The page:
Despite what lost civilisation movies would have you believe, most archaeological sites do not host obvious signs of human habitation.
Clues about past lives are often incredibly subtle. Charcoal from fireplaces, tiny fragments of bone and tools, and even DNA from bodies can survive many thousands of years buried in the landscapes where humans and their relatives once lived. These remnants are only recoverable with the right techniques.
Associate Professor Mike Morley is a specialist in revealing the hidden histories of landscapes. With expertise in geoarchaeology – where geology and geography meet archaeology – he studies how landscapes formed and changed over time and reveals traces of ancient humans and their lives in the sediments buried beneath our feet.
“Simply put, our work aims to understand human adaptation to different environments across time,” he says. “To do that, we study sediments – a common factor across all archaeological sites.”
Sediment includes everything – dirt, rocks, plant remnants and degraded signs of life – that is deposited across landscapes by gravity, wind and water.
“The laying down of sediments locks crucial information into place about a site’s history,” he says. “We extract whole blocks of intact sediment from field sites in Africa, Europe, Asia and Australia, take them back to our Microarchaeology Laboratory, preserve them and study them.”
Some of this sediment block is soaked hard in resin and turned into microscope slides. It’s an approach termed micromorphology, the archaeological equivalent of cutting pieces from a decorated layer cake and storing them in perpetuity with the ingredients, layers and inclusions all locked exactly in place.
“By looking at slices of the sediment block at varying degrees of magnification, we can work out how the site formed, how it was preserved and degraded, and examine any signs of human occupation,” says Associate Professor Morley.
His work on sediments has contributed to globally renowned research describing discovery sites of extinct human-like species such as the Denisovans in Siberia and Homo floresiensis (dubbed 'the hobbit') in Flores, Indonesia.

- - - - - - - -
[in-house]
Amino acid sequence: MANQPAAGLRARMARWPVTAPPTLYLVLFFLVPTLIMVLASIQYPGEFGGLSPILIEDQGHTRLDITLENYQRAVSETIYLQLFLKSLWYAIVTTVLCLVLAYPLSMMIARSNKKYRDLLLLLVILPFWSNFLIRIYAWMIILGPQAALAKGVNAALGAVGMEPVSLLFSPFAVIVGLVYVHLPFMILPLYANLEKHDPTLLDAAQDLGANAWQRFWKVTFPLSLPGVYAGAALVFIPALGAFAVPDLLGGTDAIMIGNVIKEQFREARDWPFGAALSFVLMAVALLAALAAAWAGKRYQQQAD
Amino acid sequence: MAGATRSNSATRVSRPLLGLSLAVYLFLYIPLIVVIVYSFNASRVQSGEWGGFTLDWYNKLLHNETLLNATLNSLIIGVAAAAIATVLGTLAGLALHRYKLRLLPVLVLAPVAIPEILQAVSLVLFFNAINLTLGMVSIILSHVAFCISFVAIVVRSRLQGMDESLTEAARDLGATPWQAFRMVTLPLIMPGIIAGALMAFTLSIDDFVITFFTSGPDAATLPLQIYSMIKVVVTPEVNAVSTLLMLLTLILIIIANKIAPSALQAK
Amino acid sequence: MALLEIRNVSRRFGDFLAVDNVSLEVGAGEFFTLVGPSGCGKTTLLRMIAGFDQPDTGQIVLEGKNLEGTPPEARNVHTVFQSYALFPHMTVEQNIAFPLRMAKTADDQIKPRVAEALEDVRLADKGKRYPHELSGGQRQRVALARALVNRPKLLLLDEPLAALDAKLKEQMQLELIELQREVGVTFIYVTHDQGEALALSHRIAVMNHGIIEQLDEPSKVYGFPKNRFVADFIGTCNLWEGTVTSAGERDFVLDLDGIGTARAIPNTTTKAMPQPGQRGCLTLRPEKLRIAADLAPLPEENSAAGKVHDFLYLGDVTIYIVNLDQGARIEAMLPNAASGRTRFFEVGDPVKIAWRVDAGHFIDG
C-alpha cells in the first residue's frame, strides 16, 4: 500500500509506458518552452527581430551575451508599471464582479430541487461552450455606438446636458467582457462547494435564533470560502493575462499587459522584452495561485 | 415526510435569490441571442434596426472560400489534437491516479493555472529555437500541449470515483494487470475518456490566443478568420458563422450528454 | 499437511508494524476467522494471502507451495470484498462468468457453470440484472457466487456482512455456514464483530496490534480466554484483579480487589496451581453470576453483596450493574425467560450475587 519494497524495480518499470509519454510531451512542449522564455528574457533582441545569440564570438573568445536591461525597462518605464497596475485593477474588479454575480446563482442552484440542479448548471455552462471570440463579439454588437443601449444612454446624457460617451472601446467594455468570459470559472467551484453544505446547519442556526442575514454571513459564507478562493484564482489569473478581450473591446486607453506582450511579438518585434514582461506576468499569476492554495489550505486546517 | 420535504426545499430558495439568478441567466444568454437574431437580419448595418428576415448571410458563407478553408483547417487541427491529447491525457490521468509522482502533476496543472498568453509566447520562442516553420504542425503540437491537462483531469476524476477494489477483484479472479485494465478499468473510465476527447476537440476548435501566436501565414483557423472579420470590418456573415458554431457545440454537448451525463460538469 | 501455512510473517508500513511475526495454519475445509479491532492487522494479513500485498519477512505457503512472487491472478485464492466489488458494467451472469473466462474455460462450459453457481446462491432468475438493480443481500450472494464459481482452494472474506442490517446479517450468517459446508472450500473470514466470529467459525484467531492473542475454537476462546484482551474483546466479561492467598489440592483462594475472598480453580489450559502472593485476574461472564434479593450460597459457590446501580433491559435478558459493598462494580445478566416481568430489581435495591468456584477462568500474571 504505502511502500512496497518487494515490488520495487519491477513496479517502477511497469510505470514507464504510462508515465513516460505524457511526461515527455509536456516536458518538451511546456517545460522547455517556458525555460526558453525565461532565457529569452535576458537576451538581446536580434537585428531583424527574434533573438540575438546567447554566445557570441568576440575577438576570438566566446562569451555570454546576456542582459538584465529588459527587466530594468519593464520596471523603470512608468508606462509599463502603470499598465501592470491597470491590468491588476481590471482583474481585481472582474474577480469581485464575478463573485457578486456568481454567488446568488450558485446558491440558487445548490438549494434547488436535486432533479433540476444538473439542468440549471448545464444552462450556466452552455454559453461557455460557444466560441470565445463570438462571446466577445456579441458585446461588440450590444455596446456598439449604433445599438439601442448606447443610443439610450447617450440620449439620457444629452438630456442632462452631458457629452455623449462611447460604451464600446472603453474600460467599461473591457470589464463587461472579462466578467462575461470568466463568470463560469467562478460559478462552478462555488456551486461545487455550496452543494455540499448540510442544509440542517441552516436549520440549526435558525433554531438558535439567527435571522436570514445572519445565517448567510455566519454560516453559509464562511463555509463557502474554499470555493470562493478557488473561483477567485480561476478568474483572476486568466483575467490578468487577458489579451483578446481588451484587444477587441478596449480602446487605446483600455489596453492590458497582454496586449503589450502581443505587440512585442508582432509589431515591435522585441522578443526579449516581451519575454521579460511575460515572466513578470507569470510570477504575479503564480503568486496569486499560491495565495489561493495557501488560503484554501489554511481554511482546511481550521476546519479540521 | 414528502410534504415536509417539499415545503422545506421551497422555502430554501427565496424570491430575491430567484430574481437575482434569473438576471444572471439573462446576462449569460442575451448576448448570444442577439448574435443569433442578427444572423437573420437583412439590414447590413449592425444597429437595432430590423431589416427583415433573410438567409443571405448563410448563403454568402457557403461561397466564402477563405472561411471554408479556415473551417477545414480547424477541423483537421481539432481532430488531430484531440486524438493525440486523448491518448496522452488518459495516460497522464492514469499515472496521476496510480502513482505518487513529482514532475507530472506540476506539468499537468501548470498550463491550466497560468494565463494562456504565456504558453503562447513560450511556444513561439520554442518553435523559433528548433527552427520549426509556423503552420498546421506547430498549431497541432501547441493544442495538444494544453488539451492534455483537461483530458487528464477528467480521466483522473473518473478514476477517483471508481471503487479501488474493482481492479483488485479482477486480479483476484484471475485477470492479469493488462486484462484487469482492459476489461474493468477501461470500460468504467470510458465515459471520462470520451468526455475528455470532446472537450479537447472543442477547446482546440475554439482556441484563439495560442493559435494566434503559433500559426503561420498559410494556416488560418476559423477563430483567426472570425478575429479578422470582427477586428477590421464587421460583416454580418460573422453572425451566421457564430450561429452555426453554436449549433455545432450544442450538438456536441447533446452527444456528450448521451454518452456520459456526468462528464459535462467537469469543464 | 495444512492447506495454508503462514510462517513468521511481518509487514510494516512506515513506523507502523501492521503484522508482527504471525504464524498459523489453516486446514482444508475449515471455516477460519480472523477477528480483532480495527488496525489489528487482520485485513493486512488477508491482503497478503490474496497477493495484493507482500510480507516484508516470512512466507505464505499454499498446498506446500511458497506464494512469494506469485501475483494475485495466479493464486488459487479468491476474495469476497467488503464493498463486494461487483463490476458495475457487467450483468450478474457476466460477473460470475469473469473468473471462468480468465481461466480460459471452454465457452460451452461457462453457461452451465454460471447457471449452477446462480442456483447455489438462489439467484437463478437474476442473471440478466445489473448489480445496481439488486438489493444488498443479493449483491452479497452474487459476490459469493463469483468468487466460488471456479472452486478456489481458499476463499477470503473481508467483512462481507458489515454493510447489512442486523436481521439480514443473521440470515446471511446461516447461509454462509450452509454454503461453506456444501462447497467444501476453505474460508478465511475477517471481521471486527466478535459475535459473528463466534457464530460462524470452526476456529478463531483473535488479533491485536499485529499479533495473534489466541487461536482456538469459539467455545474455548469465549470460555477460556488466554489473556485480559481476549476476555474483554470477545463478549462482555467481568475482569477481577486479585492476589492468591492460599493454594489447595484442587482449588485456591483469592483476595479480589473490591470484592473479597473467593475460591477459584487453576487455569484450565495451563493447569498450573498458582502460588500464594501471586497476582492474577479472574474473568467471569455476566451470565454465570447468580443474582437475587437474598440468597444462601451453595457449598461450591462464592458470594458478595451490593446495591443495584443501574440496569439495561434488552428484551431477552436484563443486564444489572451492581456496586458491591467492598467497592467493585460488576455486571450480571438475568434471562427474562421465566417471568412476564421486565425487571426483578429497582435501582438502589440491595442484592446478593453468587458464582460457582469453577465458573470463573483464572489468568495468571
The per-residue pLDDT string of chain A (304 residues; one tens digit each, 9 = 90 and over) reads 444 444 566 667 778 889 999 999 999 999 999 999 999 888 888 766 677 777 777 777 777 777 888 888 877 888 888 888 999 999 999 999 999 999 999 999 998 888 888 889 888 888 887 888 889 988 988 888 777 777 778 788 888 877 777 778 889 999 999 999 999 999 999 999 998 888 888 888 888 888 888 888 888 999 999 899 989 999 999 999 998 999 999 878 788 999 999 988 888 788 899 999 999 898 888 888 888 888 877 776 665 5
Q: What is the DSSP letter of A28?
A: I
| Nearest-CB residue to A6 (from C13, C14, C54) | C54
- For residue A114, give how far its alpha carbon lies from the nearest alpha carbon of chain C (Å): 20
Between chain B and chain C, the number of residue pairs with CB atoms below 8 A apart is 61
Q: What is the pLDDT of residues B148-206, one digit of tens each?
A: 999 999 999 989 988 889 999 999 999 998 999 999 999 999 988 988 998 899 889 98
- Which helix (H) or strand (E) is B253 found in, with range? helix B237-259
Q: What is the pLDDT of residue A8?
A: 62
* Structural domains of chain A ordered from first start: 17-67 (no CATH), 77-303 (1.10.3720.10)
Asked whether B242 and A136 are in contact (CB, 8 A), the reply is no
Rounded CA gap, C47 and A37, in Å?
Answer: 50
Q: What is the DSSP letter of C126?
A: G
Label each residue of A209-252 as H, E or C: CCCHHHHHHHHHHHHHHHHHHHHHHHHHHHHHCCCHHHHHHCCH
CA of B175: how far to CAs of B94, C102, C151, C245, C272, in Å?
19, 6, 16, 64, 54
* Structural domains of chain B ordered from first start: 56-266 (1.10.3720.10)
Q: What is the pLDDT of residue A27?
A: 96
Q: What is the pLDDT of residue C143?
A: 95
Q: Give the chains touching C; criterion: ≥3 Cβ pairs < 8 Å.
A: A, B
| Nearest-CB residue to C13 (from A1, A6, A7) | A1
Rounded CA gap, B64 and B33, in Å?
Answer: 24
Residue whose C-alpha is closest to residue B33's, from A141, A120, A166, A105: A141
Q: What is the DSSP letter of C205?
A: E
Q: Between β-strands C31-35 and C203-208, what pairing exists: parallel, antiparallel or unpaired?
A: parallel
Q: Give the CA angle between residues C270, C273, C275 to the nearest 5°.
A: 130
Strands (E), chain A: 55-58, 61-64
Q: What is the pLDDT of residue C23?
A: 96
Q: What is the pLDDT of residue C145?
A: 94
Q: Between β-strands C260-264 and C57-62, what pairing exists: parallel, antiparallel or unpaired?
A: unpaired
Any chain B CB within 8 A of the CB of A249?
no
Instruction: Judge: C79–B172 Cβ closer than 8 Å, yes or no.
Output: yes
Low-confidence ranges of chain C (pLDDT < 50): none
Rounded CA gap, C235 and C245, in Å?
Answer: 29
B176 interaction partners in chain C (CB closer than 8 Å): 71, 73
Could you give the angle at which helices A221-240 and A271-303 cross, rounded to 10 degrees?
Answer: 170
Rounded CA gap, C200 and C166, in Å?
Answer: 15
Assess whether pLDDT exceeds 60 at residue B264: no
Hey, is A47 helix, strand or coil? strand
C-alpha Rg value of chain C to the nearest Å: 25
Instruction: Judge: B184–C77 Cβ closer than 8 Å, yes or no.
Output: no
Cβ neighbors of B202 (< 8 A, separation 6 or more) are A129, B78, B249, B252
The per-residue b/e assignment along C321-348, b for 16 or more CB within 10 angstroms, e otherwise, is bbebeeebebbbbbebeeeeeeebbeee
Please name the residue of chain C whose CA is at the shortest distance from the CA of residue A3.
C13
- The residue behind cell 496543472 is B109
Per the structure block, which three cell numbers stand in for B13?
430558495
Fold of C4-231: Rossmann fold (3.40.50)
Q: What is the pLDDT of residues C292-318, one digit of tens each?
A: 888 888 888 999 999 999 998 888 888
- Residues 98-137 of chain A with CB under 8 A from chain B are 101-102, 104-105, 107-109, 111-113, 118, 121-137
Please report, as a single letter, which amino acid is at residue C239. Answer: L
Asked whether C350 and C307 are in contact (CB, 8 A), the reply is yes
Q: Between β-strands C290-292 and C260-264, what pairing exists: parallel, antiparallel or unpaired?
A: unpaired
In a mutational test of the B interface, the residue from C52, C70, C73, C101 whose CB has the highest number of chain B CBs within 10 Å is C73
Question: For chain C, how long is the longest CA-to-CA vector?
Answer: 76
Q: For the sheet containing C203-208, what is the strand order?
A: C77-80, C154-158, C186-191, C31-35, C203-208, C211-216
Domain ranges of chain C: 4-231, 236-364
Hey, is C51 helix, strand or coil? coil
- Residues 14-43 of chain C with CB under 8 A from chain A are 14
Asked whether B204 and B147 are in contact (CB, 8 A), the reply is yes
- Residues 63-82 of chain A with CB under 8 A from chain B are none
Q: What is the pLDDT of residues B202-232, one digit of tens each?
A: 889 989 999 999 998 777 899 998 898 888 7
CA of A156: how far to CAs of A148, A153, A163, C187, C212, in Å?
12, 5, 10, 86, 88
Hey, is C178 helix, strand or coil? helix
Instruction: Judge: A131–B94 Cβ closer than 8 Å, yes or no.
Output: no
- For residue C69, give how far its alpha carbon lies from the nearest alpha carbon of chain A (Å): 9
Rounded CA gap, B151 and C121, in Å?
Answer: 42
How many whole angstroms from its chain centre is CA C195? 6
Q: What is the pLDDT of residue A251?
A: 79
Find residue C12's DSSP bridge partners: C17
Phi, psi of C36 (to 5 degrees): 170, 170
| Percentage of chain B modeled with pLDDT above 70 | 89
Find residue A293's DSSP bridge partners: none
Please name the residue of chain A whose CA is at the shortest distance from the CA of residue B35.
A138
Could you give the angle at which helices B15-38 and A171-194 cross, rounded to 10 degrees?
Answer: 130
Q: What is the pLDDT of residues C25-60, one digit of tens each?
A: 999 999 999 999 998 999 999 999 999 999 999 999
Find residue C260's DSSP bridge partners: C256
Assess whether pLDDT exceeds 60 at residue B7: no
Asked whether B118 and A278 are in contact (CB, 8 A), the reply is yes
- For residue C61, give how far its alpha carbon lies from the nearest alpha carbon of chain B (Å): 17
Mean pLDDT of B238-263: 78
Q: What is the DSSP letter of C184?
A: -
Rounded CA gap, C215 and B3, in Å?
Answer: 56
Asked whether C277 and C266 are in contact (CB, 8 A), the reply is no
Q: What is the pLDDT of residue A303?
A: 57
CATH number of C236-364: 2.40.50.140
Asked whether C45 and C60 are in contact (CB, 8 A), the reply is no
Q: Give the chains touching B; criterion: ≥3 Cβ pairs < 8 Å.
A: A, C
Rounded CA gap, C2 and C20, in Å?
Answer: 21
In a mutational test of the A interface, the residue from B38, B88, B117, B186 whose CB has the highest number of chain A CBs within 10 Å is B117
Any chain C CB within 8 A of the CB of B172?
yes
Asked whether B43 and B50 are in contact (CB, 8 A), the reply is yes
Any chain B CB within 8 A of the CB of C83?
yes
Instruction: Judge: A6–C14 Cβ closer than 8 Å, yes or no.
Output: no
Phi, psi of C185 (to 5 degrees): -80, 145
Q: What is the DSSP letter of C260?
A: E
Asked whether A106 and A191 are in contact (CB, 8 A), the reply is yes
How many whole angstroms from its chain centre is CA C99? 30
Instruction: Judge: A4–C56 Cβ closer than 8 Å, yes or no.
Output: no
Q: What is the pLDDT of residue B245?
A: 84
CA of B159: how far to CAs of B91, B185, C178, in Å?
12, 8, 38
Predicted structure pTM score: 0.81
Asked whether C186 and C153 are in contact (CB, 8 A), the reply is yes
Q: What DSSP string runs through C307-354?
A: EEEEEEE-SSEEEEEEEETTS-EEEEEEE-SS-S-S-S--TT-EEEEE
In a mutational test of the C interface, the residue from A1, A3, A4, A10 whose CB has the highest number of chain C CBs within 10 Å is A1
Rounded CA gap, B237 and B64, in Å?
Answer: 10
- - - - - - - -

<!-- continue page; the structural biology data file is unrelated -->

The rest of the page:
An exciting future beckons for microarchaeology, as Associate Professor Morley’s recently published work with colleagues from the Max Planck Institute in Germany revealed that blocks of preserved sediment also lock in biological molecules that can be extracted and studied in the laboratory.
“We’ve shown fragments of DNA from humans or closely related species such as Neanderthals and Denisovans can be identified in our preserved sediment blocks – a finding that is potentially a game-changer,” he says. “Now we can go back and study existing sediment blocks from a range of sites, which could open up a whole new body of evidence about where humans and their ancestors lived.”
Associate Professor Morley was awarded a prestigious Australian Research Council Future Fellowship to apply his techniques to better understand the dispersal of early humans eastwards from Africa into Southeast Asia, and beyond into Australia. The work was put on hold due to travel restrictions over 2020 and 2021.
“I’m delighted to be able to resume this work in early 2023, and will be travelling to Laos, Vietnam, Thailand, Indonesia and East Timor to collect samples, as well as various sites across Australia,” he says. “I’m interested to understand these past landscapes – what the areas looked like, whether rivers flowed through them and the sorts of vegetation that grew.”
New evidence about the nature of former landscapes in Asia and Australia will help scientists better understand how humans and related human species such as Homo floresiensis (identified in Indonesia), Homo luzonensis (identified in the Philippines) and the Denisovans (first identified in Siberia but now evidenced in Laos) survived and maybe even co-existed with members of our own species, Homo sapiens, in this region more than 50,000 years ago.
While COVID-related travel restrictions temporarily closed a door, another one opened: Associate Professor Morley’s research opportunities in Australian landscapes have expanded significantly in recent years.
“I’m working with colleagues on sites in Southern Queensland where Aboriginal huts called gunyahs were constructed in the past,” he says. “We’re looking in sediments for evidence of preserved floor surfaces to see how long those houses were used over time, to learn what kinds of fuel were used for fireplaces and to reveal other hints about the past lives of people living here.”
Associate Professor Morley has also been working closer to home at Naracoorte Caves in South Australia, using his micromorphology technique to better understand the history of the important paleontological record in the caves and reconstruct the way the site and immediate landscape has changed through time.
“For us living in urban areas today, we tend to forget how dynamic our world can be,” he says. “Revealing past landscapes and exploring how early humans lived and responded to their environments is what I find really fascinating.”
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